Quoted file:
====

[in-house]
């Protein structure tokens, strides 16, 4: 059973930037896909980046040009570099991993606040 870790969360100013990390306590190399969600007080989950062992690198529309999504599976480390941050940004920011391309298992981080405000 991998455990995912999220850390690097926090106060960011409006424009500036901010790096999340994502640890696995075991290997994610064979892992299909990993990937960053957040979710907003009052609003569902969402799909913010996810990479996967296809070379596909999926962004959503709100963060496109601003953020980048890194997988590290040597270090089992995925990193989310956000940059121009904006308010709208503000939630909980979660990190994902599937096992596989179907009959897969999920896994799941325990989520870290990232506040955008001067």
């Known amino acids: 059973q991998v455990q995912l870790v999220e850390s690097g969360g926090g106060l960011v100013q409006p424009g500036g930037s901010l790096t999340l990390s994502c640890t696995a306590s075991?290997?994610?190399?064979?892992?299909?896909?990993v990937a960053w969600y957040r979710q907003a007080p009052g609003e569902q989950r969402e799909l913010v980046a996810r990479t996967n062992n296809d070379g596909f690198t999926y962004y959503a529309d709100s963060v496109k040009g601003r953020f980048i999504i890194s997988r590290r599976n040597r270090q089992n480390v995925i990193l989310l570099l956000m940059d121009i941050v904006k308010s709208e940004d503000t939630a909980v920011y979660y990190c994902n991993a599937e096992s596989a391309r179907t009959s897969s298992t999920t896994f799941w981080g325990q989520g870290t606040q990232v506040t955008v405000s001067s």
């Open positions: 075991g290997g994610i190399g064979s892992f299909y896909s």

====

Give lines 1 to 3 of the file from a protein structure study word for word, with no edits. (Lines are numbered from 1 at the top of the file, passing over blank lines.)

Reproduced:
[in-house]
């Protein structure tokens, strides 16, 4: 059973930037896909980046040009570099991993606040 870790969360100013990390306590190399969600007080989950062992690198529309999504599976480390941050940004920011391309298992981080405000 991998455990995912999220850390690097926090106060960011409006424009500036901010790096999340994502640890696995075991290997994610064979892992299909990993990937960053957040979710907003009052609003569902969402799909913010996810990479996967296809070379596909999926962004959503709100963060496109601003953020980048890194997988590290040597270090089992995925990193989310956000940059121009904006308010709208503000939630909980979660990190994902599937096992596989179907009959897969999920896994799941325990989520870290990232506040955008001067």
């Known amino acids: 059973q991998v455990q995912l870790v999220e850390s690097g969360g926090g106060l960011v100013q409006p424009g500036g930037s901010l790096t999340l990390s994502c640890t696995a306590s075991?290997?994610?190399?064979?892992?299909?896909?990993v990937a960053w969600y957040r979710q907003a007080p009052g609003e569902q989950r969402e799909l913010v980046a996810r990479t996967n062992n296809d070379g596909f690198t999926y962004y959503a529309d709100s963060v496109k040009g601003r953020f980048i999504i890194s997988r590290r599976n040597r270090q089992n480390v995925i990193l989310l570099l956000m940059d121009i941050v904006k308010s709208e940004d503000t939630a909980v920011y979660y990190c994902n991993a599937e096992s596989a391309r179907t009959s897969s298992t999920t896994f799941w981080g325990q989520g870290t606040q990232v506040t955008v405000s001067s």